Contents

# Changing mesh coordinates¶

Users may want to change the coordinates of an existing mesh object
for certain reasons. The coordinates can be accessed as a
`Function`

through `mesh.coordinates`

where `mesh`

is
a mesh object. For example,

```
mesh.coordinates.dat.data[:, 1] *= 2.0
```

streches the mesh in the *y*-direction. Another possibility is to use
`assign()`

:

```
Vc = mesh.coordinates.function_space()
x, y = SpatialCoordinate(mesh)
f = Function(Vc).interpolate(as_vector([x, y*2.0]))
mesh.coordinates.assign(f)
```

This can also be used if f is a solution to a PDE.

## Changing the coordinate function space¶

For more complicated situations, one might wish to replace the mesh
coordinates with a field which lives on a different
`FunctionSpace`

(e.g. higher-order meshes).

Note

Re-assigning the `coordinates`

property of a mesh used to be an
undocumented feature. However, this no longer works:

```
mesh.coordinates = f # Raises an exception
```

Instead of re-assigning the coordinates of a mesh, one can create new mesh object from a field f:

```
new_mesh = Mesh(f)
```

`new_mesh`

has the same mesh topology as the original mesh, but its
coordinate values and coordinate function space are from f. The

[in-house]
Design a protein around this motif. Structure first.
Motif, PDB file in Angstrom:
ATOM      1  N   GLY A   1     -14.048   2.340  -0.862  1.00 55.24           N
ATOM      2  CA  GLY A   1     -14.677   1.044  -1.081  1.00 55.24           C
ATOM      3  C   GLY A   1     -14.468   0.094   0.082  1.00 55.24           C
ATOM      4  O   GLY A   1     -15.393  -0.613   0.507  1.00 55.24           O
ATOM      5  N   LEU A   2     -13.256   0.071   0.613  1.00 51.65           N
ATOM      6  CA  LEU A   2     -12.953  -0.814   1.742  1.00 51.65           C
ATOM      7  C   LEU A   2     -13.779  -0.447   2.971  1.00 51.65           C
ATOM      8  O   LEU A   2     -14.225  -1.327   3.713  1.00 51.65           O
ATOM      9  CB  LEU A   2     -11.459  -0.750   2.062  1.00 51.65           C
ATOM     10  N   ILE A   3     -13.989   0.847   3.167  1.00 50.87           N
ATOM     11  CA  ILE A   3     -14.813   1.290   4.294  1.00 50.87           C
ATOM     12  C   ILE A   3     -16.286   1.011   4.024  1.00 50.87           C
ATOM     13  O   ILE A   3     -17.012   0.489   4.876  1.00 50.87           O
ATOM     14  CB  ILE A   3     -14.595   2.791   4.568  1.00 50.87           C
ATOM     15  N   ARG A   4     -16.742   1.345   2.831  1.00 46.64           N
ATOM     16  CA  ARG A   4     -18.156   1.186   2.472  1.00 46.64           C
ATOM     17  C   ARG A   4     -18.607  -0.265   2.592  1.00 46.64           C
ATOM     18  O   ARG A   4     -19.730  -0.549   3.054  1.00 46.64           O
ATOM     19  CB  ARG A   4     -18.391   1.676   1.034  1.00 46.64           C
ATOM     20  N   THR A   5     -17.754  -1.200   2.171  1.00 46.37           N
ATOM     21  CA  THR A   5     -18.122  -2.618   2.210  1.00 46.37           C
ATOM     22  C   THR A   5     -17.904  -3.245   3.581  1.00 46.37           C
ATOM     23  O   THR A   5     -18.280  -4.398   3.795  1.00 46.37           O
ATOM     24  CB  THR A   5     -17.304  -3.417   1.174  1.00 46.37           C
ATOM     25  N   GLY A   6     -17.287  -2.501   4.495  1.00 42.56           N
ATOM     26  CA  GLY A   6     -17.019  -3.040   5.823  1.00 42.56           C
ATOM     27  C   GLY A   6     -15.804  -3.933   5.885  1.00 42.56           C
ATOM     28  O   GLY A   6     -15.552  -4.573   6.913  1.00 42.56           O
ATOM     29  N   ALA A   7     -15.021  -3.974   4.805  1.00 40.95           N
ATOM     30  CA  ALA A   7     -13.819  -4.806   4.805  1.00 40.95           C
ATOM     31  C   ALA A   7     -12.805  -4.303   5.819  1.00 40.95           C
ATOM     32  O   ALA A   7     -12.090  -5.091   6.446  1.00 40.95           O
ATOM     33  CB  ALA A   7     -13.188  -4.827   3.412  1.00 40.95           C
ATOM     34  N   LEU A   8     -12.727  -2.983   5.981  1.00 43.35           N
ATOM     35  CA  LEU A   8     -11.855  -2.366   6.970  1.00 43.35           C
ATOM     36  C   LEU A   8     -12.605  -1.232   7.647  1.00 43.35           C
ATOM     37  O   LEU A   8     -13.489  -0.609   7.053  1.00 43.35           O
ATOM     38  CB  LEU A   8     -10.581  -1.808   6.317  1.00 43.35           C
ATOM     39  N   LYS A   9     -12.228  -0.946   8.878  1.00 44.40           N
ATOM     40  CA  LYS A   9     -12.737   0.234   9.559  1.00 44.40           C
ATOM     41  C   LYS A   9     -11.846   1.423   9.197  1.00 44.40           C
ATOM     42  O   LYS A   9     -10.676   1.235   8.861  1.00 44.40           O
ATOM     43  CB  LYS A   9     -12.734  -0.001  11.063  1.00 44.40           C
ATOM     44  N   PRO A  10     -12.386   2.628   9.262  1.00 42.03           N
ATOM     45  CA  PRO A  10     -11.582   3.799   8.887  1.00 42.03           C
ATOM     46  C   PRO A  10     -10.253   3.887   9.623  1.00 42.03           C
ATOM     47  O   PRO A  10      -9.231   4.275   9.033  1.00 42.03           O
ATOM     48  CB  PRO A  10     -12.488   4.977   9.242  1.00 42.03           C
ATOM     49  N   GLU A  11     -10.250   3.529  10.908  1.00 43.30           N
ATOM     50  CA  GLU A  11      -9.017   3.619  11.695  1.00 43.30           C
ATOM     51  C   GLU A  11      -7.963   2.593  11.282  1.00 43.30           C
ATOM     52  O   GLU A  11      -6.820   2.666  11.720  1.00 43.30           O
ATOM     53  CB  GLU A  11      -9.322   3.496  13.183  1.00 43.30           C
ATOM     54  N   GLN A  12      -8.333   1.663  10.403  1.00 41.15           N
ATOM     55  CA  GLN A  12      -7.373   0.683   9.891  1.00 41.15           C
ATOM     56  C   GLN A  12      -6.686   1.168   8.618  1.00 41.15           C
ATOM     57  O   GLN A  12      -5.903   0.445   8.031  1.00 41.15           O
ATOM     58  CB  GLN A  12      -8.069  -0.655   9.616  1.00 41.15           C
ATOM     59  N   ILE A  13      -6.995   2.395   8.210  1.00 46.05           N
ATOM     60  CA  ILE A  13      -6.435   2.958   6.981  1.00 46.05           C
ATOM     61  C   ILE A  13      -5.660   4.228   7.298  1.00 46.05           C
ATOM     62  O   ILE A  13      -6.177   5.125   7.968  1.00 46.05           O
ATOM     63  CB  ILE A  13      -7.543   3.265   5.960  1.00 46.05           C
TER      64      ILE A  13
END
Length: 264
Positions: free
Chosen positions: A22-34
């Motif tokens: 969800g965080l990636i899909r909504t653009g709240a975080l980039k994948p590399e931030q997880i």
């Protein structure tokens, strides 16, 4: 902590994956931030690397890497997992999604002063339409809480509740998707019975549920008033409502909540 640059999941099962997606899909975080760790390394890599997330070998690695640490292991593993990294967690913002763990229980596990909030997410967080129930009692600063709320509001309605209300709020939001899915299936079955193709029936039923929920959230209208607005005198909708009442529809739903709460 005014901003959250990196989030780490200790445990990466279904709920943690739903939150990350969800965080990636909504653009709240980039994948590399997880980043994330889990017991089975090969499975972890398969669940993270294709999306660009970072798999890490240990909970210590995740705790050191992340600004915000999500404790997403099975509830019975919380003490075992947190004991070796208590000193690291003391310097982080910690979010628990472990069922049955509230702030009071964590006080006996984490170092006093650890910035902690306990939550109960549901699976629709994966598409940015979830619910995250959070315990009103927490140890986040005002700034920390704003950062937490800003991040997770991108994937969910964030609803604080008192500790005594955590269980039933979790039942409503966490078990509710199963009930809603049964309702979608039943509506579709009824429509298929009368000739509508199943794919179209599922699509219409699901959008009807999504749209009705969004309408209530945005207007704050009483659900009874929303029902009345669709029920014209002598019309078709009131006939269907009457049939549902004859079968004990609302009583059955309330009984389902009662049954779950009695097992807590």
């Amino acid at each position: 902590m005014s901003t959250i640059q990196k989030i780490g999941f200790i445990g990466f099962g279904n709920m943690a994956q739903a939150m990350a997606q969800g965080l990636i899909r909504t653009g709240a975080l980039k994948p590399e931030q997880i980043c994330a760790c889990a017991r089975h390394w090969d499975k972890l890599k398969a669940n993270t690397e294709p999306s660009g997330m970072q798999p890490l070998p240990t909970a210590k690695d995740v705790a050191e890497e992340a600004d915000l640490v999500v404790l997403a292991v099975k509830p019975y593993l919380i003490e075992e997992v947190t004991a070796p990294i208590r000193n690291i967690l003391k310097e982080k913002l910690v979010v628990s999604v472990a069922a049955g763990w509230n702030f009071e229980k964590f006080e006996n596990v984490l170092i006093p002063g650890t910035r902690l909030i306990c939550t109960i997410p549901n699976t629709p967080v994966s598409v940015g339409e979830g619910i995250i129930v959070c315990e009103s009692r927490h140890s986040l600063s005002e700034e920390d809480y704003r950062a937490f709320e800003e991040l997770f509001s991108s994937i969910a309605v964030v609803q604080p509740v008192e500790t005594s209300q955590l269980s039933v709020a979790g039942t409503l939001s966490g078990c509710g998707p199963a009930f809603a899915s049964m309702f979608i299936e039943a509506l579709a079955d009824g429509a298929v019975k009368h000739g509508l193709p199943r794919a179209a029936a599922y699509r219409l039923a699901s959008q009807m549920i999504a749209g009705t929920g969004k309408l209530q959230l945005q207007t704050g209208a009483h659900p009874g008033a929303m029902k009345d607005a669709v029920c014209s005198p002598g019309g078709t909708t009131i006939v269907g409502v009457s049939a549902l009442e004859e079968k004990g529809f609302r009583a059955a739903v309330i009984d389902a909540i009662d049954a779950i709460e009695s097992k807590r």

coordinate function space must be a rank-1
`FunctionSpace`

, constructed either with
`VectorFunctionSpace()`

, or by providing a
`VectorElement`

to `FunctionSpace()`

. For
efficiency, the new mesh object shares data with f. That is,
changing the values of f will change the coordinate values of the
mesh, and *vice versa*. If this behaviour is undesired, one should
explicitly copy:

```
g = Function(f) # creates a copy of f
new_mesh = Mesh(g)
```

Or simply:

```
new_mesh = Mesh(Function(f))
```

## Replacing the mesh geometry of an existing function¶

Creating a new mesh geometry object, as described above, leaves any
existing `Function`

s untouched – they continue to live
on their original mesh geometries. One may wish to move these
functions over to the new mesh. To move f over to `mesh`

, use:

```
g = Function(functionspaceimpl.WithGeometry(f.function_space(), mesh),
val=f.topological)
```

This creates a `Function`

g which shares data with f,
but its mesh geometry is `mesh`

.

Warning

The example above uses Firedrake internal APIs, which might change in the future.